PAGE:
Garcia's Letter to General William R. Shatter (July 17, 1898)
On May 12 the government of the Republic of Cuba ordered me, as
commander of the Cuban army in the east to cooperate with the
American army following the plans and obeying the orders of its
commander. I have done my best, sir, to fulfill the wishes of my
government, and I have been until now one of your most faithful
subordinates, honoring myself in carrying out your orders as far as
my powers have allowed me to do it.
city of Santiago surrendered to the American army, and news of that
important event was given to me by persons entirely foreign to your
staff. I have not been honored with a single word from yourself
informing me about the negotiations for peace or the terms of the
capitulation by the Spaniards. The important ceremony of the
surrender of the Spanish army and the taking possession of the city
by yourself took place later on, and I only knew of both events by
was neither honored, sir, with a kind word from you inviting me or
any officer of my staff to represent the Cuban army on that memorable
1 know that you have left in power in Santiago the same Spanish
authorities that for three years I have fought as enemies of the
independence of Cuba. I beg to say that these authorities have never
been elected at Santiago by the residents of the city; but were
appointed by royal decrees of the Queen of Spain.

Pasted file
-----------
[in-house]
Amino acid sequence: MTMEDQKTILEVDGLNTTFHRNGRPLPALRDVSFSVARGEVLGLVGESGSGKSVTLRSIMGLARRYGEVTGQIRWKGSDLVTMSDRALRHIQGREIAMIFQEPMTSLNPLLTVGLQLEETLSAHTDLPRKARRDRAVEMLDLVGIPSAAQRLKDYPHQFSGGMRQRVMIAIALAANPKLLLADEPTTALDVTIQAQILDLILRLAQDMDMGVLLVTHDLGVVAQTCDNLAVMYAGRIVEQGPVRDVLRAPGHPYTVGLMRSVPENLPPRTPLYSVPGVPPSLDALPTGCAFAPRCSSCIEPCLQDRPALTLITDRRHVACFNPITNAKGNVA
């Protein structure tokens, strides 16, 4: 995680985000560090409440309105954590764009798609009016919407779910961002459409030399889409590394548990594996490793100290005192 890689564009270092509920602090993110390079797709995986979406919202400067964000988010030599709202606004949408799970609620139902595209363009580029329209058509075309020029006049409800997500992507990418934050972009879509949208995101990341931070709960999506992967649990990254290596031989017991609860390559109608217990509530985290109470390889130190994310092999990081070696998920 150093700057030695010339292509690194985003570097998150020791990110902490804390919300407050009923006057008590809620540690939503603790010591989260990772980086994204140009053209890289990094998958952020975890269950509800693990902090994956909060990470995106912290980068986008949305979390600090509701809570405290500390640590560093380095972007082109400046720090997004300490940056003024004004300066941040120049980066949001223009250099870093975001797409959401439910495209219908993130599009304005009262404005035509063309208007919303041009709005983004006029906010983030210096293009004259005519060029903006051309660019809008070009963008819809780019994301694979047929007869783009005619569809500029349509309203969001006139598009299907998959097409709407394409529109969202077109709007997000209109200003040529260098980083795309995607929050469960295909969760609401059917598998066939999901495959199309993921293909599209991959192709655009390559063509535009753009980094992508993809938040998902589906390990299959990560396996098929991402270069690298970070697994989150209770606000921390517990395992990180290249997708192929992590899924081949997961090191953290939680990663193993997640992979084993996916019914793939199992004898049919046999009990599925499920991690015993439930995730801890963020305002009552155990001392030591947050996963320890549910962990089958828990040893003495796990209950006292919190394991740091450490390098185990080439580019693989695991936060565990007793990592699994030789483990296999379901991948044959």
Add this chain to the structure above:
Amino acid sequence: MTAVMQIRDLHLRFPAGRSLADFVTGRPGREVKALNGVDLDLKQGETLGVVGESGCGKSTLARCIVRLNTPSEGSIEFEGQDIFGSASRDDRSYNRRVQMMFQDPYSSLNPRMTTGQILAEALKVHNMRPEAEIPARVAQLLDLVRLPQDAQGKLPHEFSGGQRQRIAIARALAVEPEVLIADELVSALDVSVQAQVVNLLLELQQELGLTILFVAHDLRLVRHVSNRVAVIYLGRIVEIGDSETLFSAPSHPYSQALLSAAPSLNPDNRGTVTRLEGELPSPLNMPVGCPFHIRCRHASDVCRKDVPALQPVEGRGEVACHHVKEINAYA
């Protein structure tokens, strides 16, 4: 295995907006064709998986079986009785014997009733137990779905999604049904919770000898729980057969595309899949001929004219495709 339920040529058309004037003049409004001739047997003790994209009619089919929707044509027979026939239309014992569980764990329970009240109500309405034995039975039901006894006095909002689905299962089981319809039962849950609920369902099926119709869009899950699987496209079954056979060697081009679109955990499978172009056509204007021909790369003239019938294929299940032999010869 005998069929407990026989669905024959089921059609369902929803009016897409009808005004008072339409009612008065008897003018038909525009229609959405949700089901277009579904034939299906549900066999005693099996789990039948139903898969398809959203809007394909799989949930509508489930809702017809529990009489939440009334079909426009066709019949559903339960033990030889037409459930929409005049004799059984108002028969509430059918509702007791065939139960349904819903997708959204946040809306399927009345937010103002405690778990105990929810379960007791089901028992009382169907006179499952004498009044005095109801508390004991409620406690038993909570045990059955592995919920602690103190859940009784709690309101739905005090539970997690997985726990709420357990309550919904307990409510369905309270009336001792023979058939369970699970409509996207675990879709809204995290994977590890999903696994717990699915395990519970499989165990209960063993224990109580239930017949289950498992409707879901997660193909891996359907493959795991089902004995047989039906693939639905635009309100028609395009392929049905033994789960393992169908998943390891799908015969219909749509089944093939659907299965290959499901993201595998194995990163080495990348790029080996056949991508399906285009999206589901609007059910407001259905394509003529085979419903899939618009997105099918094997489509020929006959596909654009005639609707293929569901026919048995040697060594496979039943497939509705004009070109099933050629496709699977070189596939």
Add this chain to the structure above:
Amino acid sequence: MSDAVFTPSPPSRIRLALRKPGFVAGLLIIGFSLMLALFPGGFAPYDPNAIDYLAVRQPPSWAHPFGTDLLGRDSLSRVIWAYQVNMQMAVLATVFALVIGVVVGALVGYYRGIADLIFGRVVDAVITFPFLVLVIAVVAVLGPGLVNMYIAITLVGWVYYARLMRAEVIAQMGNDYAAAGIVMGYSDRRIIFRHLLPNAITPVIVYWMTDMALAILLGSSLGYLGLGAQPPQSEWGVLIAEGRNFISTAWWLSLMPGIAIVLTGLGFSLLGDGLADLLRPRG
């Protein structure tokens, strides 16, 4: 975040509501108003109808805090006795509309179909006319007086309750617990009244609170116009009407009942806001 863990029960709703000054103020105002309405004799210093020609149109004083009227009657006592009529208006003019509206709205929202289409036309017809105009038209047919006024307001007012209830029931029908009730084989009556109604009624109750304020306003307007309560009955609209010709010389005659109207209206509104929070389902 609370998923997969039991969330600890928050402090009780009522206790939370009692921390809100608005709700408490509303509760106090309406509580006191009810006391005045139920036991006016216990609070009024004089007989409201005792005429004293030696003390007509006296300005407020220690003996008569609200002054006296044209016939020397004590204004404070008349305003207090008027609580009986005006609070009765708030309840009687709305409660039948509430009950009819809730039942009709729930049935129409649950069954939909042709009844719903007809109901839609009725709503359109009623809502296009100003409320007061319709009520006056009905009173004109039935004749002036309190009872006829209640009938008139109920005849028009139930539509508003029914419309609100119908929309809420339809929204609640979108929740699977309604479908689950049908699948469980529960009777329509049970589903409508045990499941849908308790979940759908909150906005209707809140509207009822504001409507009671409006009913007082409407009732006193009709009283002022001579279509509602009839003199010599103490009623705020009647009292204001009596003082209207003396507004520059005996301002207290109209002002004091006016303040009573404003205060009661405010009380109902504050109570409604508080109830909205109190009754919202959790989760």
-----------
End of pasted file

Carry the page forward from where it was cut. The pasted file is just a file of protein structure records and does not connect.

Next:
would agree, sir, that the army under your command should have taken
possession of the city, the garrison and the forts.
would give my warm cooperation to any measure you may have deemed
best under American military law to hold the city for your army and
to preserve public order until the time comes to fulfill the solemn
pledge of the people of the United States to establish in Cuba a free
and independent government. But when the question arises of
appointing authorities in Santiago de Cuba under the special
circumstances of our thirty years strife against Spanish rule, I
cannot see but with the deepest regret that such authorities are not
elected by the Cuban people, but are the same ones selected by the
Queen of Spain, and hence are ministers appointed to defend Spanish
sovereignty against the Cubans.
rumor, too absurd to be believed, General, describes the reason of
your measure and of the orders forbidding my army to enter Santiago
for fear of massacres and revenge against the Spaniards. Allow me,
sir, to protest against even the shadow of such an idea. We are not
savages ignoring the rules of civilized warfare. We are a poor,
ragged army as ragged and poor as was the army of your forefathers in
their noble war for independence, .but like the heroes of Saratoga
and Yorktown, we respect our cause too deeply to disgrace it with
barbarism and cowardice.
view of all these reasons, I sincerely regret being unable to fulfill
any longer the orders of my government, and, therefore, I have
tendered today to the commander-in-chief of the Cuban army, Maj. Gen.
Maximo Gomez, my resignation as commander of this section of our
his resolution, I have retired with all my forces to Jiguanf.